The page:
(2) to promote the salvation of sinners.
Illustrations abound in Scripture, biographies of Christians, and ordinary Christian life. David was fitted for the throne by the discipline which the enmity of Saul afforded; and by the experience of varied trials was so enriched in spiritual life as to be able to write psalms meeting the wants of godly men throughout the ages. We owe the sublime death of Stephen to the rage of his malignant foes. If St. Paul had not been persecuted he would not have been so great in goodness, or effected so much good in life, or written epistles so full of inspiring thoughts and powerful consolations for the benefit of the Church for ever. St. John, banished to Patmos, sees heavenly visions, hears heavenly voices, and writes the Book of Revelation. And "the noble army of martyrs," how much they owed, how much we owe through them, to their persecutions. But the grand instance is that of the Lord himself, made "perfect through sufferings," and becoming thereby the Saviour of the world, the sympathising Friend and Consoler of his suffering people, the perfect example of meekness, resignation, and forgiveness of enemies. Note, however, in conclusion, that in the case of impenitent sinners blessings from God and man are turned into curses. What are meant for good—the gifts of Providence, enjoyments, sufferings, the gospel and the grace of God—all become evil.
An intruder ejected.
In these verses we have an account of a gross abuse, of authority by the high priest, and how it was corrected by Nehemiah.
I. THE OFFENCE. Turning rooms in the courts of the temple, intended and used as store-rooms for tithes and offerings, etc; into a residence for Tobiah on his visits to Jerusalem. In verse 5 we read of "a great chamber;" in verse 9 of "chambers." Perhaps several rooms were thrown into one; or the word in verse 5 may be, as in verse 4, collective.
1. The perversion was itself disgraceful. It may have occasioned the neglect recorded in verse 10,
2. The person for whom it was committed was not only an alien, but an enemy.
3. The person who committed it was the appointed guardian of the rooms. As high priest, he should have been too jealous of the sanctity of the temple; as "having the oversight of the chamber of the house of God," he should have been too faithful to his duty; as head of the priests and Levites, too concerned for their rights and welfare, to be willing to permit, much less to perpetrate, such an abuse.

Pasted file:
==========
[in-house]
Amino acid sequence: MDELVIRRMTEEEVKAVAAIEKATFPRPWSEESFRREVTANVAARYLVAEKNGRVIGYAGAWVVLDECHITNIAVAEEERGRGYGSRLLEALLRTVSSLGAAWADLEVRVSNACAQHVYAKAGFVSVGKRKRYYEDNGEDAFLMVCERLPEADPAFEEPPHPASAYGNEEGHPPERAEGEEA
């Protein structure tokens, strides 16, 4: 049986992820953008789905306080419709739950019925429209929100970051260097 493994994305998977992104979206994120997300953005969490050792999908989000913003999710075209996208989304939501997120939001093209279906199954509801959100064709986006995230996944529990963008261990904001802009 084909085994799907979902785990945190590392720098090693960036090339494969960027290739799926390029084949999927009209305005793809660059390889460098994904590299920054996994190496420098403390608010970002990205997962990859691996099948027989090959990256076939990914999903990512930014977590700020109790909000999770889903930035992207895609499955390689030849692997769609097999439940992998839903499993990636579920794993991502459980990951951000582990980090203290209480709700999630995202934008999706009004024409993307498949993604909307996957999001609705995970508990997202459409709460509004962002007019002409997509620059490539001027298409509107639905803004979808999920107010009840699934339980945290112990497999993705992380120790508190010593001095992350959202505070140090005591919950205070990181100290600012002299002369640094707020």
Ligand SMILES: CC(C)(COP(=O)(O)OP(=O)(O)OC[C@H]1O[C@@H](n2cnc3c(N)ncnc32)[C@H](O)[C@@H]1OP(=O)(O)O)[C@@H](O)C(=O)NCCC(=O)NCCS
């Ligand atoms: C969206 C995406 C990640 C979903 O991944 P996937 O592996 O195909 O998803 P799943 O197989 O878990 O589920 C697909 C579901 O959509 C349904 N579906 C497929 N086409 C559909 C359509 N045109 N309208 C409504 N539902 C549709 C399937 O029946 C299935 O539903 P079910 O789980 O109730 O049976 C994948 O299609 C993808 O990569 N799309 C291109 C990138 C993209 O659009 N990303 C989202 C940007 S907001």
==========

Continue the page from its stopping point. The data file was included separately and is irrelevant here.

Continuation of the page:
II. HOW THE OFFENCE CAME TO BE PERMITTED.
1. Nehemiah was absent. In his absence affairs fell rapidly into disorder again. A painful illustration of the superficiality of reforms wrought hastily under the influence of powerful leaders.
2. Tobiah was a great man.
3. He was a relative of Eliashib.
4. Eliashib was unworthy of his office. He was more concerned to stand well with Tobiah than to do his duty to God and his brethren. Probably he was disaffected towards Nehemiah and his reforms, and thought that now he was gone he could do as he pleased.
III. HOW THE OFFENCE WAS CORRECTED. Nehemiah, returning to Jerusalem, and being informed of what had been done, was very indignant, and at once took measures to put an end to the scandal. Under his direction—
1. Tobiah's furniture was summarily ejected.
2. The rooms were purified from the ceremonial uncleanness they had contracted.
3. They were restored to their proper use. The narrative suggests—
(1) The evil influence sometimes exercised in the Church by rank and wealth, or relationship to those in office. These sometimes go further than character and ability (which should be mainly regarded) to secure for their possessors positions of authority and power in the Church. And those who should protest silently acquiesce in the abuse, or basely connive at it, that they may live in friendship with the unholy intruders into God's temple, and promote their own worldly ends.
(2) The feelings which such abuses will awaken in good men.
(3) The duty of those who have the power to correct them.
Suspended ministrations restored.
Nehemiah, on his return, soon discovers another serious evil which his absence had occasioned; and, with his usual promptness, ability, and energy, corrects it.
I. THE SERIOUS IRREGULARITY WHICH HAD ARISEN. The services of the temple, if not discontinued, had been deprived of much of their dignity and impressiveness by the withdrawal of the Levites, including the singers, from their duties. Their appointed daily allowances (Nehemiah 12:47) had been withheld, and they had retired to their fields to obtain a livelihood by other employments.
II. ITS CAUSES.
1. Nehemiah's absence. His presence and authority were as yet necessary to keep all classes to their duty. The reformation he had effected was not sustained by any vital change in the hearts of rulers or people. Their resolutions, so solemnly made under excitement (Nehemiah 10:1-39.), were superficial and short-lived.
2. The indifference and negligence of the rulers (verse 11), who should have taken care that the regulations were observed.
3. The unfitness for his office of the high priest. He ought to have deemed as his own the interests of the inferior ministers of the sanctuary. But his misconduct, as related in verses 4, 5—whether the lack of offerings gave opportunity for it, or was occasioned by it—shows how little likely he was to concern himself about them, so long as his own position and gains were not affected.